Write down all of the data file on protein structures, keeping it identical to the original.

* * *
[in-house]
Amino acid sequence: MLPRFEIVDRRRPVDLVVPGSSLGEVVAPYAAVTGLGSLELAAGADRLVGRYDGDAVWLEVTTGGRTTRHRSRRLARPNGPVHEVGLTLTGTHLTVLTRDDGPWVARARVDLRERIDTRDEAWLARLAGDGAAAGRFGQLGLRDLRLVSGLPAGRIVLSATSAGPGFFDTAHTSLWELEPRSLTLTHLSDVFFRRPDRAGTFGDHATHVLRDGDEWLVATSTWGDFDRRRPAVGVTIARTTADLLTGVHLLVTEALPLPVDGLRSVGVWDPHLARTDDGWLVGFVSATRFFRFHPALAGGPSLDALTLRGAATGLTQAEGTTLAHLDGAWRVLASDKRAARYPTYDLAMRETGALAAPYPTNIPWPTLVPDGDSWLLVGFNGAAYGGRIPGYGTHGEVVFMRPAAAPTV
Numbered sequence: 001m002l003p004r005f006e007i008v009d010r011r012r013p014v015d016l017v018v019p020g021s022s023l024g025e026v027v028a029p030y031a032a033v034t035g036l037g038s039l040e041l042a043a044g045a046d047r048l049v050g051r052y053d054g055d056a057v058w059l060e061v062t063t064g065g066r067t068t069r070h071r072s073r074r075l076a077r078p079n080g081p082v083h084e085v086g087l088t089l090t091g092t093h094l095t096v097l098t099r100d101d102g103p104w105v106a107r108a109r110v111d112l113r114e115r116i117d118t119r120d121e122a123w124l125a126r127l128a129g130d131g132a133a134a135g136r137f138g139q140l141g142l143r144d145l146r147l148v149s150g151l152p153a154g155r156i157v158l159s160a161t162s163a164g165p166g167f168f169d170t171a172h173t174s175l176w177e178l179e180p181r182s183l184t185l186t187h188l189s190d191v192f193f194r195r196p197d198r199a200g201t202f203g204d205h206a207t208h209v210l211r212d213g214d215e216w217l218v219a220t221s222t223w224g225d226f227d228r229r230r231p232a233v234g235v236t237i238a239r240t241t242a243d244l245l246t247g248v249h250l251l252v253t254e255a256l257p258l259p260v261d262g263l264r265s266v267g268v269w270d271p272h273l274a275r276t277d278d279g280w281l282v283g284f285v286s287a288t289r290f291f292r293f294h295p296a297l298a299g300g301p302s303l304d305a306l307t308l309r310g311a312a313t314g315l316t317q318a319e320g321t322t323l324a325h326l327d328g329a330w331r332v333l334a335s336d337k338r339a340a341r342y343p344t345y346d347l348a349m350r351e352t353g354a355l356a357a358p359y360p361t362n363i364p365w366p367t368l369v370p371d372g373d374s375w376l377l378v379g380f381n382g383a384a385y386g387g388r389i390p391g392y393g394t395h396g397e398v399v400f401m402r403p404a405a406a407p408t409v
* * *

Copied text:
[in-house]
Amino acid sequence: MLPRFEIVDRRRPVDLVVPGSSLGEVVAPYAAVTGLGSLELAAGADRLVGRYDGDAVWLEVTTGGRTTRHRSRRLARPNGPVHEVGLTLTGTHLTVLTRDDGPWVARARVDLRERIDTRDEAWLARLAGDGAAAGRFGQLGLRDLRLVSGLPAGRIVLSATSAGPGFFDTAHTSLWELEPRSLTLTHLSDVFFRRPDRAGTFGDHATHVLRDGDEWLVATSTWGDFDRRRPAVGVTIARTTADLLTGVHLLVTEALPLPVDGLRSVGVWDPHLARTDDGWLVGFVSATRFFRFHPALAGGPSLDALTLRGAATGLTQAEGTTLAHLDGAWRVLASDKRAARYPTYDLAMRETGALAAPYPTNIPWPTLVPDGDSWLLVGFNGAAYGGRIPGYGTHGEVVFMRPAAAPTV
Numbered sequence: 001m002l003p004r005f006e007i008v009d010r011r012r013p014v015d016l017v018v019p020g021s022s023l024g025e026v027v028a029p030y031a032a033v034t035g036l037g038s039l040e041l042a043a044g045a046d047r048l049v050g051r052y053d054g055d056a057v058w059l060e061v062t063t064g065g066r067t068t069r070h071r072s073r074r075l076a077r078p079n080g081p082v083h084e085v086g087l088t089l090t091g092t093h094l095t096v097l098t099r100d101d102g103p104w105v106a107r108a109r110v111d112l113r114e115r116i117d118t119r120d121e122a123w124l125a126r127l128a129g130d131g132a133a134a135g136r137f138g139q140l141g142l143r144d145l146r147l148v149s150g151l152p153a154g155r156i157v158l159s160a161t162s163a164g165p166g167f168f169d170t171a172h173t174s175l176w177e178l179e180p181r182s183l184t185l186t187h188l189s190d191v192f193f194r195r196p197d198r199a200g201t202f203g204d205h206a207t208h209v210l211r212d213g214d215e216w217l218v219a220t221s222t223w224g225d226f227d228r229r230r231p232a233v234g235v236t237i238a239r240t241t242a243d244l245l246t247g248v249h250l251l252v253t254e255a256l257p258l259p260v261d262g263l264r265s266v267g268v269w270d271p272h273l274a275r276t277d278d279g280w281l282v283g284f285v286s287a288t289r290f291f292r293f294h295p296a297l298a299g300g301p302s303l304d305a306l307t308l309r310g311a312a313t314g315l316t317q318a319e320g321t322t323l324a325h326l327d328g329a330w331r332v333l334a335s336d337k338r339a340a341r342y343p344t345y346d347l348a349m350r351e352t353g354a355l356a357a358p359y360p361t362n363i364p365w366p367t368l369v370p371d372g373d374s375w376l377l378v379g380f381n382g383a384a385y386g387g388r389i390p391g392y393g394t395h396g397e398v399v400f401m402r403p404a405a406a407p408t409v